Kate Brooks
Partner, Solicitor & Head of Employment/HR Services
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Date Published:29 Oct 2019 Last Updated:25 Nov 2021

Is it legal for an employee to wipe their computer on leaving employment?

Employment Law Advice

Those that leave employment and think that as a parting shot they will delete data held by their employer on computer systems should think again.

While still in employment (right up to the end of notice), employees are subject to various implied terms to include a duty of fidelity. This implied term includes the duty not to disrupt the employer’s or misuse their property. Deleting or interfering with data while still employed, could amount to a breach of these fundamental terms and entitle an employer to pursue an employee for breach of contract and claim financial damages.

To interfere with data and the deletion of files can also amount to criminal offences and liability, which if serious enough can result in imprisonment.

Whilst it is arguable as to whether behaving in such a fashion would result in the offence of criminal damage, it is clear that such conduct can give rise to criminal liability pursuant to Section 3 Computer Misuse Act 1990. In the event of a disgruntled former employee accessing a computer on an unauthorised basis, knowing that when such access takes place that it is unauthorised, with the intention to impair the operation of any computer, or to prevent or hinder access to any programme or data held in any computer or to impair the operation of any such programme or the reliability of such data, an offence is committed.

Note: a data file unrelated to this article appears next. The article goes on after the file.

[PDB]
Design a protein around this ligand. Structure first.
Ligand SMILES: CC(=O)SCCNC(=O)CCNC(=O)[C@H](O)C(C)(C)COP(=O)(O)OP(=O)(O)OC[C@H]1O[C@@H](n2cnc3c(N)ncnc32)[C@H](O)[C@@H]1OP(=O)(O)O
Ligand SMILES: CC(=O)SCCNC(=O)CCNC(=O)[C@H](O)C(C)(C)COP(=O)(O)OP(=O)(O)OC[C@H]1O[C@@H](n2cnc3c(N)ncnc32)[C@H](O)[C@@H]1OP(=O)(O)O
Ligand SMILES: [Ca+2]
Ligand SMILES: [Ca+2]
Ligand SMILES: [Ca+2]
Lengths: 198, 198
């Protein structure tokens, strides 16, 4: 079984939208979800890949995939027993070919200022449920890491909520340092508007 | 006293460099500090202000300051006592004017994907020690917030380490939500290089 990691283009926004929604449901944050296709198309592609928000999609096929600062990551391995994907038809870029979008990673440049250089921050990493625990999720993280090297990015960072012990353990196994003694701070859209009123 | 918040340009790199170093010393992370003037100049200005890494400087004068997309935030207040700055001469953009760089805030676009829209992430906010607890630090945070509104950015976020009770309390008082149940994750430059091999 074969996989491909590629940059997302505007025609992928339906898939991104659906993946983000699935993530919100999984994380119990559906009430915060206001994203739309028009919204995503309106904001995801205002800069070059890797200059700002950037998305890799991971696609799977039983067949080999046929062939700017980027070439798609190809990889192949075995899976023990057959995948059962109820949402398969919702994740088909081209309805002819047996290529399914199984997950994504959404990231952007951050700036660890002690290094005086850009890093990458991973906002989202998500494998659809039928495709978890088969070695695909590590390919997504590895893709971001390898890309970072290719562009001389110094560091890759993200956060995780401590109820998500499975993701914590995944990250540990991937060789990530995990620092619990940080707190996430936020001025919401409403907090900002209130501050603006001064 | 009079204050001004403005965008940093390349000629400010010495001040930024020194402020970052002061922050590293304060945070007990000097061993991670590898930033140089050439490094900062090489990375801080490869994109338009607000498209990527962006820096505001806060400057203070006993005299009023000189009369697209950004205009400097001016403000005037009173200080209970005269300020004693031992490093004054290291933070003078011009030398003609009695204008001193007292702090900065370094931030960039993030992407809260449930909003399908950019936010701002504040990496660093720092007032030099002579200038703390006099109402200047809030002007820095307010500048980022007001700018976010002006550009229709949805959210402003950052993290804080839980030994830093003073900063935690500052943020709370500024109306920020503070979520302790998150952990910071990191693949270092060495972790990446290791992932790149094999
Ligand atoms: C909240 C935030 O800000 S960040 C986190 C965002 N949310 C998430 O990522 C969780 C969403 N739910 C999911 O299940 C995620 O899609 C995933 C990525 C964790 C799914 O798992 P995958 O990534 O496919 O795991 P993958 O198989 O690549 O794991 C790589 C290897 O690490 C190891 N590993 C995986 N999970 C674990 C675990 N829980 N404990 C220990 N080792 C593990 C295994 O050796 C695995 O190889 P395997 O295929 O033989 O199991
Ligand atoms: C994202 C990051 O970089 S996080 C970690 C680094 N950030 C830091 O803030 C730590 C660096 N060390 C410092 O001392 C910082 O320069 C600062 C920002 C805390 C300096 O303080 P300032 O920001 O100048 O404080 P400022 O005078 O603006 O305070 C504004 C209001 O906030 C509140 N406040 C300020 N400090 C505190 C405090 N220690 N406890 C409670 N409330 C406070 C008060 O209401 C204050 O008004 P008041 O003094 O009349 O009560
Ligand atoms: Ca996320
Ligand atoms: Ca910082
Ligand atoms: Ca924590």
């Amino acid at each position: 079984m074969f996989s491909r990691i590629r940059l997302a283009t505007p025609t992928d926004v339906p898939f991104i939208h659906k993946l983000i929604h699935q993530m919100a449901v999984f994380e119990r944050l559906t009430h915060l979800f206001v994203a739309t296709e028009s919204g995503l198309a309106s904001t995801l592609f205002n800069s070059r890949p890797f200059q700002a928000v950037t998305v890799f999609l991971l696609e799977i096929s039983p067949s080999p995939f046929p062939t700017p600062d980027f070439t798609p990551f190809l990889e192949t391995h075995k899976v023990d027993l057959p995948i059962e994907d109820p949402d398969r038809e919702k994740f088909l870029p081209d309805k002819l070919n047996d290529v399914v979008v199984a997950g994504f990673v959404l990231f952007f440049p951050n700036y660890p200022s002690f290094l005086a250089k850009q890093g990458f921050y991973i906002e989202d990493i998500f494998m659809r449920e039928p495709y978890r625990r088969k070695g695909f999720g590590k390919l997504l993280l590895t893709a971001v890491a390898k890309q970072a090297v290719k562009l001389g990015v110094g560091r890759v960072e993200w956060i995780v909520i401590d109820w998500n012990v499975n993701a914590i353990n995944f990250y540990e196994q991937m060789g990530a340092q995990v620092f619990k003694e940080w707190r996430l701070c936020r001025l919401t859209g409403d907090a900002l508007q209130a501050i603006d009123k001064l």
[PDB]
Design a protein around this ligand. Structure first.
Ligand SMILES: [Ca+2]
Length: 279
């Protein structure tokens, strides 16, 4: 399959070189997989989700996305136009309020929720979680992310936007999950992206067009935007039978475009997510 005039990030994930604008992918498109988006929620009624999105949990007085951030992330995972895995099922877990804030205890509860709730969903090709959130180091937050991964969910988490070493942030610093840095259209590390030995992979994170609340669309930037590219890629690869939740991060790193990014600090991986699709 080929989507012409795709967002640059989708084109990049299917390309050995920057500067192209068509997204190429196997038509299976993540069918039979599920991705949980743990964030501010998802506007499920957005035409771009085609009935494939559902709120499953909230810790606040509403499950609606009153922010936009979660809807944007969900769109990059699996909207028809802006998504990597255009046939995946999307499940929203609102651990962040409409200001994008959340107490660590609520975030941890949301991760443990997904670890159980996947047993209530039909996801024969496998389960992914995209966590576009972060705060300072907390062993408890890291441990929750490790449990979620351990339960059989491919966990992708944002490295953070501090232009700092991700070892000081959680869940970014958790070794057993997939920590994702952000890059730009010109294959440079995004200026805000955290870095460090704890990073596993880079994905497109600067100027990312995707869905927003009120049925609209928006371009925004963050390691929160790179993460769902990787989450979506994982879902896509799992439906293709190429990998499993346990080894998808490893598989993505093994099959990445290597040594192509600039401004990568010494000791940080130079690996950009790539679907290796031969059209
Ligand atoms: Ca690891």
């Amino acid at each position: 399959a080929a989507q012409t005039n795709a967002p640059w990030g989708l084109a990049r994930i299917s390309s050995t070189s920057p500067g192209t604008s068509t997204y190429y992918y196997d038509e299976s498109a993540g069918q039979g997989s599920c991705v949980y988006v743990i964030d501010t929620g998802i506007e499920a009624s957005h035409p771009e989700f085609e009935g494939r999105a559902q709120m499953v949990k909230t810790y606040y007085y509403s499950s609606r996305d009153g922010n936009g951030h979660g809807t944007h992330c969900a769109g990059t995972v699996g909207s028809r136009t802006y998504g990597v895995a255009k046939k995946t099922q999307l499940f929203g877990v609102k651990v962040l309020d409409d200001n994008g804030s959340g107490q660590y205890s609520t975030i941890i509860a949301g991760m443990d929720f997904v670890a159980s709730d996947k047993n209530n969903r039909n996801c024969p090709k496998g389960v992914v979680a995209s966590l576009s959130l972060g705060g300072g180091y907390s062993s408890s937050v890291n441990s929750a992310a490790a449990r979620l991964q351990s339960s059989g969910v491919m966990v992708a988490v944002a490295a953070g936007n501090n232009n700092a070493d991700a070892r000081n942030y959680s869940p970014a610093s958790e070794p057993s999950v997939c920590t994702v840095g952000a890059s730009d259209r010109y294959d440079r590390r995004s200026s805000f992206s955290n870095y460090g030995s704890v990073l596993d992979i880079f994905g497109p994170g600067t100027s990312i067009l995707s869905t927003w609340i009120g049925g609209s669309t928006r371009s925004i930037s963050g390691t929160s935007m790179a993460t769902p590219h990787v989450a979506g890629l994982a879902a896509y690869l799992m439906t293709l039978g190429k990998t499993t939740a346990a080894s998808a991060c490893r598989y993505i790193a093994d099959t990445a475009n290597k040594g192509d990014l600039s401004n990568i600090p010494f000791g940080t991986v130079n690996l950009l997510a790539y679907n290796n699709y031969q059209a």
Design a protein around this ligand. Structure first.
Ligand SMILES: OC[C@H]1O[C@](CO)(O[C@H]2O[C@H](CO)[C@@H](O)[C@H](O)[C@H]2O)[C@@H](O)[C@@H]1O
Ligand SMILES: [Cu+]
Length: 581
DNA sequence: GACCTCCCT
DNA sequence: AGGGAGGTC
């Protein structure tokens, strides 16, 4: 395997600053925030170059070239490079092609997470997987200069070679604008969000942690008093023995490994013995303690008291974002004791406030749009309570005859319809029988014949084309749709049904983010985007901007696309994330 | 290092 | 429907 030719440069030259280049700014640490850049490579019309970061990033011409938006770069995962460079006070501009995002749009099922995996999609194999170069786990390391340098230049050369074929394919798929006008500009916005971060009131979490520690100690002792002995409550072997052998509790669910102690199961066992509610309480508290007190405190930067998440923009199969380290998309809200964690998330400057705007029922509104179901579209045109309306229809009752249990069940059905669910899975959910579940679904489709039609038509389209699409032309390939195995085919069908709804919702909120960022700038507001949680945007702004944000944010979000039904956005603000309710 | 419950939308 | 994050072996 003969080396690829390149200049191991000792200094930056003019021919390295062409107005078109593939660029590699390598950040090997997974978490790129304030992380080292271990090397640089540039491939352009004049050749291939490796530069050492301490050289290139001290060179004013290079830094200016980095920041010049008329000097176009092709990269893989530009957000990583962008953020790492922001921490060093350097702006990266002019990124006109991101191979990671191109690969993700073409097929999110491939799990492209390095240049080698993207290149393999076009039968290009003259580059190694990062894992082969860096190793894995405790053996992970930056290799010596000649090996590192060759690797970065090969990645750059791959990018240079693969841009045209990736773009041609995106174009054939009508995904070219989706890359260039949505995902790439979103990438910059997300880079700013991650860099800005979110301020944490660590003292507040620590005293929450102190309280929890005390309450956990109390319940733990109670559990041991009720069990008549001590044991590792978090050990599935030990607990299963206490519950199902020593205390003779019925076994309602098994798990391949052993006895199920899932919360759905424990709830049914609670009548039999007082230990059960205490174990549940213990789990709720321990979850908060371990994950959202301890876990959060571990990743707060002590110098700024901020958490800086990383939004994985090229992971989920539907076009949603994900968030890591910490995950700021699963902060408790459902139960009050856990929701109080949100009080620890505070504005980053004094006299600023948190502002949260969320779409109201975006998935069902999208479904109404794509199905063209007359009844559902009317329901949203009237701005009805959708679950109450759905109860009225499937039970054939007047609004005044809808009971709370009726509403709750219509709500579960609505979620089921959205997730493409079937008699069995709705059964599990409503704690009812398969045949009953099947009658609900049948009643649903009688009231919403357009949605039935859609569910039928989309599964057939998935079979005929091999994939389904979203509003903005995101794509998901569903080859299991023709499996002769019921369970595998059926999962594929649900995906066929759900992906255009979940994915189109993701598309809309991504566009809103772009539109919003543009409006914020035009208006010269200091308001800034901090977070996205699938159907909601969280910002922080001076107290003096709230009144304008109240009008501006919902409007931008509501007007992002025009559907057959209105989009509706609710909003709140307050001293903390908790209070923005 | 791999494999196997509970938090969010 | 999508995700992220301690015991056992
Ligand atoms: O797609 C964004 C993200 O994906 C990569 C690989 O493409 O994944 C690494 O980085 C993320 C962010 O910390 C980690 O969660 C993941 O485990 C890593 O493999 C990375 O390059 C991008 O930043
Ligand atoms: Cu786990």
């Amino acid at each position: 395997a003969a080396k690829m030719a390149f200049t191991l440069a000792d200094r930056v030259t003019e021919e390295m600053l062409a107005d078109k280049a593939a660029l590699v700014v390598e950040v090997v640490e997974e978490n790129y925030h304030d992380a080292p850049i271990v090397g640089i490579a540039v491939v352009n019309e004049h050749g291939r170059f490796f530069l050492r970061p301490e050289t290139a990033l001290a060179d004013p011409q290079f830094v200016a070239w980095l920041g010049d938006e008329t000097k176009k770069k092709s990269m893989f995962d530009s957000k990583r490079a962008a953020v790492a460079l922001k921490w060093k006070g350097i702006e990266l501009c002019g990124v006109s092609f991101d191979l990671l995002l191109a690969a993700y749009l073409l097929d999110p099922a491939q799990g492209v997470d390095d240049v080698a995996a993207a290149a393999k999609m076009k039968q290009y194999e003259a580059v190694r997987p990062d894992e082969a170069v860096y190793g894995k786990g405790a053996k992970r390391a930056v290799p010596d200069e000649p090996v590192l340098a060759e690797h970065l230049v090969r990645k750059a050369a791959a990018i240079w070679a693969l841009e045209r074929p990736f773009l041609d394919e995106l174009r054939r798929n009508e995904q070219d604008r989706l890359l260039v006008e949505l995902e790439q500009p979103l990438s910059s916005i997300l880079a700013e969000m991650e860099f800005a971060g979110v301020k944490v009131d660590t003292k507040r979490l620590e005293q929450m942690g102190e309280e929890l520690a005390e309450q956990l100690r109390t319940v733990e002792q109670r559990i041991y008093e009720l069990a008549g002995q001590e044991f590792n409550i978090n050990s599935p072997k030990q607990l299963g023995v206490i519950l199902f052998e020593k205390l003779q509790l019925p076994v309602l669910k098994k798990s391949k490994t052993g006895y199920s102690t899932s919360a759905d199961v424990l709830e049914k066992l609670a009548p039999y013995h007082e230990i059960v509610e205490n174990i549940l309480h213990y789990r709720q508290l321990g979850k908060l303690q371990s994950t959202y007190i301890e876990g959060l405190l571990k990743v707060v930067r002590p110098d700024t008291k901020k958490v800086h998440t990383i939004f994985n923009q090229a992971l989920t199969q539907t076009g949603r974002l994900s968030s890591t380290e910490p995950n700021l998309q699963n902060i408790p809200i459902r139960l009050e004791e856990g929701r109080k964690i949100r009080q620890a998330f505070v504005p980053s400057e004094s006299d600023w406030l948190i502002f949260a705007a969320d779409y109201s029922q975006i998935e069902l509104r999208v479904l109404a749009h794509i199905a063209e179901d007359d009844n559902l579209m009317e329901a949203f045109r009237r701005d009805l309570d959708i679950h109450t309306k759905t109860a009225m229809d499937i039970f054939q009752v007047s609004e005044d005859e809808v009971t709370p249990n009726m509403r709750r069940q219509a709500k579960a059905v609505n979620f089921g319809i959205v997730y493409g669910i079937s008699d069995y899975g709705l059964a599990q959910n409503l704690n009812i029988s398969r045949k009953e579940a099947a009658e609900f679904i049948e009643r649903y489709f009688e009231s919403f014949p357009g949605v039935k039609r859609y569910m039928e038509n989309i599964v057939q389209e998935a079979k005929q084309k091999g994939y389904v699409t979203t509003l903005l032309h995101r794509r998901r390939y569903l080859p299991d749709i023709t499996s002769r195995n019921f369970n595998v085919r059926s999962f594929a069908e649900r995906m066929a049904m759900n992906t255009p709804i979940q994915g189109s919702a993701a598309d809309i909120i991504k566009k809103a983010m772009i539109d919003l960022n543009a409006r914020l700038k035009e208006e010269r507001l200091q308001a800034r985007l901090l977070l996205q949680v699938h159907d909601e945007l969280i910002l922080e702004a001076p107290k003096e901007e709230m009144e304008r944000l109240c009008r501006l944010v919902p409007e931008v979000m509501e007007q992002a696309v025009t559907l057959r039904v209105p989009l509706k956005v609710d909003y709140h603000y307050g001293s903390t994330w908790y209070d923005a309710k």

A disgruntled former employee will even commit an offence if he is reckless as to whether what is done will do any of the above.

A wide range of different forms of conduct are included within Section 3, but it is beyond doubt that file deletion is one.

So, the question is – how serious is this? From an employer’s perspective it can be extremely harmful and damaging. Deletion of files and information held on computers can adversely affect revenue streams and interrupt the normal flow of business, leaving aside any associated costs of remedying the conduct. It could, if grave enough, even put in jeopardy the viability of an ongoing concern.

Remember, the maximum sentence for such an offence is 10 years imprisonment.

Disgruntled former employees should therefore think very carefully and reflect on what they do with the computer screen in front of them, when in notice or on termination of their employment.

If you have any queries in relation to this please do not hesitate to contact one of our experienced Employment Lawyers on 01202 525333 for further advice.